PW: Can you elaborate on the common theme that runs through your stories as touched on in your introduction?
SJ: Mainly, I realized after collecting them all in one group (I didn't write those pieces in order to have a collection—that came as an afterthought when I looked back on my 30s; I'm about to turn 40 now)—the one thing that compelled me as a journalist is situations where people are in one form or another being confronted with forces that are way beyond their control. I used to work as a climber for tree companies, and one of the scariest things about that job is, you take trees down in pieces, and I worked 80—90 feet in the air, and you cut off the top of the tree, while you're up there in it. You're unleashing tons of weight into the air over your head, and you have to do it skillfully or you're in danger. I got hurt doing that job, and I think that's one of the reasons I became interested in people in similar situations.
PW: What is your position on the use of the first person in journalistic writing? And alternately, what is the role of the storyteller?
SJ: I feel like real first-person storytelling is the realm of memoir. As a journalist, I feel that it's inappropriate—there's a risk of the journalist turning himself into the story. But I do use it—I like to think I use it lightly. I have written pieces that were completely third-person (like The Perfect Storm). But in really complex situations like Sierra Leone or Afghanistan, using a little bit of the first person helps bring the country you're writing about into focus. It's sort of a lens that helps the reader see more clearly. Once, I was getting shelled on this hilltop, it was absolutely miserable—without the first person it would be hard to communicate that. It really gives you the sense of what war is like. But you have to use the first person with tremendous discretion. I have to be very clear in my mind—I am not the point of this story. God forbid I mistake my little adventure for the point of all this.
PW: How do you go about getting a story from those determined not to offer one?
SJ: You go to their enemies. That was one of the first pieces of advice I got when I started writing. Way, way back when I was in Washington, I was writing for the City Paper. For the first article that I did, I had no idea what I was doing, and the editor said, "Here's an assignment on a cable contract that the city awarded to somebody. They're not going to talk to you, so go to the people who didn't get the contract, because they're upset." Of course, the danger is, the information you get from the other side will be biased and inaccurate. But you can get enough information that you can triangulate on the truth. The Perfect Storm was an attempt to write about a boat that disappeared—you can't absolutely know for sure, but the whole book was an attempt at the best possible guess. If that's as close as you can get, as long as you tell the reader that it's a guess and that you don't know for sure, that's fine. Ultimately, the reader will be the judge, but this approach has an inherent honesty to it, which I think readers really appreciate.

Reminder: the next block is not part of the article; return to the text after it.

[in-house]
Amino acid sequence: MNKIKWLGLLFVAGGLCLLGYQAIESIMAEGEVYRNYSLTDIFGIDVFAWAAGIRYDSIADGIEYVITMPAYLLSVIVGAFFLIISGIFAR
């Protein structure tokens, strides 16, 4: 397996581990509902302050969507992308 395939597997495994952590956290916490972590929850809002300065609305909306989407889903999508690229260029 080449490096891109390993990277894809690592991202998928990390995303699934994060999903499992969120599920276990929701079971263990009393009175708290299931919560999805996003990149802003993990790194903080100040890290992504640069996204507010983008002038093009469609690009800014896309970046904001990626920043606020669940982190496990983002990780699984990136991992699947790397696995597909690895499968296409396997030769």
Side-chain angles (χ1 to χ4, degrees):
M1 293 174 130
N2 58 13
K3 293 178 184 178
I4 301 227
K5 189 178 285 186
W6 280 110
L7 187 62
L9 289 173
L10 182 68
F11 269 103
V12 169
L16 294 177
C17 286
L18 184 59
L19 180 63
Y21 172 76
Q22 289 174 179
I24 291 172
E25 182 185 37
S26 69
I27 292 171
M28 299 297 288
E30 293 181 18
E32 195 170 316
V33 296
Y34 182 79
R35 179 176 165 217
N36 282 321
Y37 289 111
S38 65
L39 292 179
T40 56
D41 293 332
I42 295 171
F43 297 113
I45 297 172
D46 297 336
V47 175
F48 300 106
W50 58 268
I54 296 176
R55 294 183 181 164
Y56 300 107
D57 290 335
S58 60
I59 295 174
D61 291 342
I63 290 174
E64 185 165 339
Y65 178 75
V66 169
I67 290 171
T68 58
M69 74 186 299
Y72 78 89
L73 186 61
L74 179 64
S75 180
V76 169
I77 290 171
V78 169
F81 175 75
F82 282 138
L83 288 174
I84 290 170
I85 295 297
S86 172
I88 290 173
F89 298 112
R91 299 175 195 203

PW: Are you happy with the Norton-HarperCollins publishing axis you've established?
SJ: Oh, yes, they're great. The deal that we've worked out between the two of them is just a more formalized version of the arrangement that we had for The Perfect Storm. There really is something to be said for being with a smaller house; you feel like you're family. I think I'd be saying this even if my book were sort of midlevel. You really feel like they care. You're not just lost in this sea that pours out of a big house every spring, and I like that.